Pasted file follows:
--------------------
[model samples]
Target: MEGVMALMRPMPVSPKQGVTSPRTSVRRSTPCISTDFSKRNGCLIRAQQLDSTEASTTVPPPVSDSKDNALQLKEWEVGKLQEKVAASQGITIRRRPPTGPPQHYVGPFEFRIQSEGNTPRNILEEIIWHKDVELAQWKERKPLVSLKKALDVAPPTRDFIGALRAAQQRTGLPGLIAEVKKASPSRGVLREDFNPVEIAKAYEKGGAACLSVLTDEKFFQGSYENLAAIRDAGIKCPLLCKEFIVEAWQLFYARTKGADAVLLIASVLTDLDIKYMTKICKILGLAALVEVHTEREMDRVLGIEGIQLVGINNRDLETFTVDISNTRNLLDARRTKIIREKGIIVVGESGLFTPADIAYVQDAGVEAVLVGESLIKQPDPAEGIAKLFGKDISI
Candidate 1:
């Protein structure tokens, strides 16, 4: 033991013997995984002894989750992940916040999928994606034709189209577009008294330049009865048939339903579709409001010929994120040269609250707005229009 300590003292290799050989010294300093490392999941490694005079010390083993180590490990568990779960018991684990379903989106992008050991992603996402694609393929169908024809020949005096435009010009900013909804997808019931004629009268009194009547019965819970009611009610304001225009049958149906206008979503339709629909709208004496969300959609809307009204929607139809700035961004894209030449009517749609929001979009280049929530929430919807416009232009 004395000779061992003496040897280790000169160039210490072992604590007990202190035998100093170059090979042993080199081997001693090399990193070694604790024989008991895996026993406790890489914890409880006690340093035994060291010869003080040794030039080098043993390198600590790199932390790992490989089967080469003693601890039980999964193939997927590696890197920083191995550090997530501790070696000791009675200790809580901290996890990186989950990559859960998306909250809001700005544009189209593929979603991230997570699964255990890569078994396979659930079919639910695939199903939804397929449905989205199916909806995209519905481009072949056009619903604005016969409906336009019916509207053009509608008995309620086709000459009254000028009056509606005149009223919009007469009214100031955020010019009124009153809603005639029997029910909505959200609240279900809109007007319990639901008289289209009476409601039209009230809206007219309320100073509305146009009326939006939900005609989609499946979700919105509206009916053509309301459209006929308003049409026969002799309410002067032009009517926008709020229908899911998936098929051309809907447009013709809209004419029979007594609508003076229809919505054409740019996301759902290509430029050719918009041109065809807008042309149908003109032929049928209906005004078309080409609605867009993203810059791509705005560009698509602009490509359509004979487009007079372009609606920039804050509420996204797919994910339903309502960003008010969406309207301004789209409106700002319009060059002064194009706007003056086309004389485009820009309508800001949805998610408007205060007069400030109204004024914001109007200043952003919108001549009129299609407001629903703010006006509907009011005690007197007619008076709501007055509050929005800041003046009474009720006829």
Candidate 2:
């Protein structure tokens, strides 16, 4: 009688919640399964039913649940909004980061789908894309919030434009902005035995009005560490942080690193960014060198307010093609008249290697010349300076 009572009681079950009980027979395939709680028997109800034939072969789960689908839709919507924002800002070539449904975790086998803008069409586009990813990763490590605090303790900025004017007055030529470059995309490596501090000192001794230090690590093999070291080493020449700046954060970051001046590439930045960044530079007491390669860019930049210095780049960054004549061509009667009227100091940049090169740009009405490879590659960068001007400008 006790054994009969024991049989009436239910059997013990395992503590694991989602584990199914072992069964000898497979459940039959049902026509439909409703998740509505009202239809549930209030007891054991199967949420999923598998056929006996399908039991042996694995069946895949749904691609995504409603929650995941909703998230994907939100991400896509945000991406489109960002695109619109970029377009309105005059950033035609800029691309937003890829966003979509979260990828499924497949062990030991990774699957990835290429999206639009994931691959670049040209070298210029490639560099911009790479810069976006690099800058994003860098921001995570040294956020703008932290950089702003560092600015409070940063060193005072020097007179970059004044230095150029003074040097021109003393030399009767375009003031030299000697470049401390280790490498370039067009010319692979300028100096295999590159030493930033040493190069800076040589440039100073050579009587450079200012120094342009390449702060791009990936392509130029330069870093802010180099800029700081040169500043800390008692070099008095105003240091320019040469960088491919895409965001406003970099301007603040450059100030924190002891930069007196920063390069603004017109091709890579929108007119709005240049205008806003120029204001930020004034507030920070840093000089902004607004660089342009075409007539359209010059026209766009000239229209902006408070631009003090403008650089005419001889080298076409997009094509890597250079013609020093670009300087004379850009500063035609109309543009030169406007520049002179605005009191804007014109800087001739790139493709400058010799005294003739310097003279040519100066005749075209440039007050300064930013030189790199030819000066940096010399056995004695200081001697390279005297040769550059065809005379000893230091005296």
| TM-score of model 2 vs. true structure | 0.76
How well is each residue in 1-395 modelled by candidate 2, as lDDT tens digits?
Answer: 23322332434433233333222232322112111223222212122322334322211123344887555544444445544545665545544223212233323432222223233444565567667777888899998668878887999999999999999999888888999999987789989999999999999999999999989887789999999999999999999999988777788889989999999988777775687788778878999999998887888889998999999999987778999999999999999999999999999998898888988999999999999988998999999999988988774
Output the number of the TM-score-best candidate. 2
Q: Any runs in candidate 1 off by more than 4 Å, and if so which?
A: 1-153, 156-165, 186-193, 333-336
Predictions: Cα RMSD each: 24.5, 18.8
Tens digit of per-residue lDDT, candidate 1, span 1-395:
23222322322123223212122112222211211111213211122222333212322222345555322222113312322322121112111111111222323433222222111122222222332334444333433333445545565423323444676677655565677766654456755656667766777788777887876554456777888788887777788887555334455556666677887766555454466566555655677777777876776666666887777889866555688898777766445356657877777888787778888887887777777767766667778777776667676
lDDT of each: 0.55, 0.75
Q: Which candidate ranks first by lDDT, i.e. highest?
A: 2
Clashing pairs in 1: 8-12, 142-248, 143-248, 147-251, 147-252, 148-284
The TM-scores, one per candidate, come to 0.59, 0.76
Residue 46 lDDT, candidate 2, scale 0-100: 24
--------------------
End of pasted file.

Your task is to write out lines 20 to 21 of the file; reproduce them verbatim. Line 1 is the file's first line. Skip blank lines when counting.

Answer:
The TM-scores, one per candidate, come to 0.59, 0.76
Residue 46 lDDT, candidate 2, scale 0-100: 24